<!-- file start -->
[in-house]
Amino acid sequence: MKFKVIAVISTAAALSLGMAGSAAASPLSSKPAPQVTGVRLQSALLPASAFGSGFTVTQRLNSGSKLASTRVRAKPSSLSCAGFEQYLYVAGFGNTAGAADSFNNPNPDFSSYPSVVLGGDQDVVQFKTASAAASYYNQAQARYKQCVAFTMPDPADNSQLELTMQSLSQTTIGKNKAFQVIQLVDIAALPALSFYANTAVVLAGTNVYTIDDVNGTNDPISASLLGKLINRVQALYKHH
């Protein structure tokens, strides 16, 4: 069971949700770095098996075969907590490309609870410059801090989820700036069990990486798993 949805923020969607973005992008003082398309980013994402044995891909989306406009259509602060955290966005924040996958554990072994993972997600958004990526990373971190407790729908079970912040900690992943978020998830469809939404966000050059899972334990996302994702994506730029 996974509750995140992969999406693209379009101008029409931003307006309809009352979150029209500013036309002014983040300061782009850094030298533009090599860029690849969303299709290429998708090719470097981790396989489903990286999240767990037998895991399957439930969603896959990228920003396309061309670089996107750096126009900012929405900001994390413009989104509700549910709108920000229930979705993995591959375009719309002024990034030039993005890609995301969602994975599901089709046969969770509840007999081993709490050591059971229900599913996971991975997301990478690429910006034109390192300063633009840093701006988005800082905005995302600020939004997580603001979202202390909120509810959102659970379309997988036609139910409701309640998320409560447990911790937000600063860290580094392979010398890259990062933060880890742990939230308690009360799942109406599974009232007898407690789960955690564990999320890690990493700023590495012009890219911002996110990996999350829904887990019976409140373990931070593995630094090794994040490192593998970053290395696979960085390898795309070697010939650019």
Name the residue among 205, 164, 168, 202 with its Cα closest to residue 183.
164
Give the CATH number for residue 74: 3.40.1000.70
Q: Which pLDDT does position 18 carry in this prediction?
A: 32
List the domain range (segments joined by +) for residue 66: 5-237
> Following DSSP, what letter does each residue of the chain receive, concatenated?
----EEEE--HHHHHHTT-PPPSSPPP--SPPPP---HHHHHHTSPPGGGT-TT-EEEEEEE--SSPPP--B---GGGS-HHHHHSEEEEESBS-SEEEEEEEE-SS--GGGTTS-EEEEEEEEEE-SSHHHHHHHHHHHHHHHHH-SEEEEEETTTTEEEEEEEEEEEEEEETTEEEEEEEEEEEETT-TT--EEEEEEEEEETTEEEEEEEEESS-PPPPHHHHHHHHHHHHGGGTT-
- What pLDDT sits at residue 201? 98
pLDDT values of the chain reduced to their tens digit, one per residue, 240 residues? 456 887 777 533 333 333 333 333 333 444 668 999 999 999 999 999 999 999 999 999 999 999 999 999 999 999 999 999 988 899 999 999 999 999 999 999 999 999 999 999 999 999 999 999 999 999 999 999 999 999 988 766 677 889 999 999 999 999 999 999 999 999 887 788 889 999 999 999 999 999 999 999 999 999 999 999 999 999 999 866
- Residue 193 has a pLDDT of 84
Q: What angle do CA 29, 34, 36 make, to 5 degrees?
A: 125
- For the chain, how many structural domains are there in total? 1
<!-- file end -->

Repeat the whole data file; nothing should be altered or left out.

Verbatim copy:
[in-house]
Amino acid sequence: MKFKVIAVISTAAALSLGMAGSAAASPLSSKPAPQVTGVRLQSALLPASAFGSGFTVTQRLNSGSKLASTRVRAKPSSLSCAGFEQYLYVAGFGNTAGAADSFNNPNPDFSSYPSVVLGGDQDVVQFKTASAAASYYNQAQARYKQCVAFTMPDPADNSQLELTMQSLSQTTIGKNKAFQVIQLVDIAALPALSFYANTAVVLAGTNVYTIDDVNGTNDPISASLLGKLINRVQALYKHH
């Protein structure tokens, strides 16, 4: 069971949700770095098996075969907590490309609870410059801090989820700036069990990486798993 949805923020969607973005992008003082398309980013994402044995891909989306406009259509602060955290966005924040996958554990072994993972997600958004990526990373971190407790729908079970912040900690992943978020998830469809939404966000050059899972334990996302994702994506730029 996974509750995140992969999406693209379009101008029409931003307006309809009352979150029209500013036309002014983040300061782009850094030298533009090599860029690849969303299709290429998708090719470097981790396989489903990286999240767990037998895991399957439930969603896959990228920003396309061309670089996107750096126009900012929405900001994390413009989104509700549910709108920000229930979705993995591959375009719309002024990034030039993005890609995301969602994975599901089709046969969770509840007999081993709490050591059971229900599913996971991975997301990478690429910006034109390192300063633009840093701006988005800082905005995302600020939004997580603001979202202390909120509810959102659970379309997988036609139910409701309640998320409560447990911790937000600063860290580094392979010398890259990062933060880890742990939230308690009360799942109406599974009232007898407690789960955690564990999320890690990493700023590495012009890219911002996110990996999350829904887990019976409140373990931070593995630094090794994040490192593998970053290395696979960085390898795309070697010939650019």
Name the residue among 205, 164, 168, 202 with its Cα closest to residue 183.
164
Give the CATH number for residue 74: 3.40.1000.70
Q: Which pLDDT does position 18 carry in this prediction?
A: 32
List the domain range (segments joined by +) for residue 66: 5-237
> Following DSSP, what letter does each residue of the chain receive, concatenated?
----EEEE--HHHHHHTT-PPPSSPPP--SPPPP---HHHHHHTSPPGGGT-TT-EEEEEEE--SSPPP--B---GGGS-HHHHHSEEEEESBS-SEEEEEEEE-SS--GGGTTS-EEEEEEEEEE-SSHHHHHHHHHHHHHHHHH-SEEEEEETTTTEEEEEEEEEEEEEEETTEEEEEEEEEEEETT-TT--EEEEEEEEEETTEEEEEEEEESS-PPPPHHHHHHHHHHHHGGGTT-
- What pLDDT sits at residue 201? 98
pLDDT values of the chain reduced to their tens digit, one per residue, 240 residues? 456 887 777 533 333 333 333 333 333 444 668 999 999 999 999 999 999 999 999 999 999 999 999 999 999 999 999 999 988 899 999 999 999 999 999 999 999 999 999 999 999 999 999 999 999 999 999 999 999 999 988 766 677 889 999 999 999 999 999 999 999 999 887 788 889 999 999 999 999 999 999 999 999 999 999 999 999 999 999 866
- Residue 193 has a pLDDT of 84
Q: What angle do CA 29, 34, 36 make, to 5 degrees?
A: 125
- For the chain, how many structural domains are there in total? 1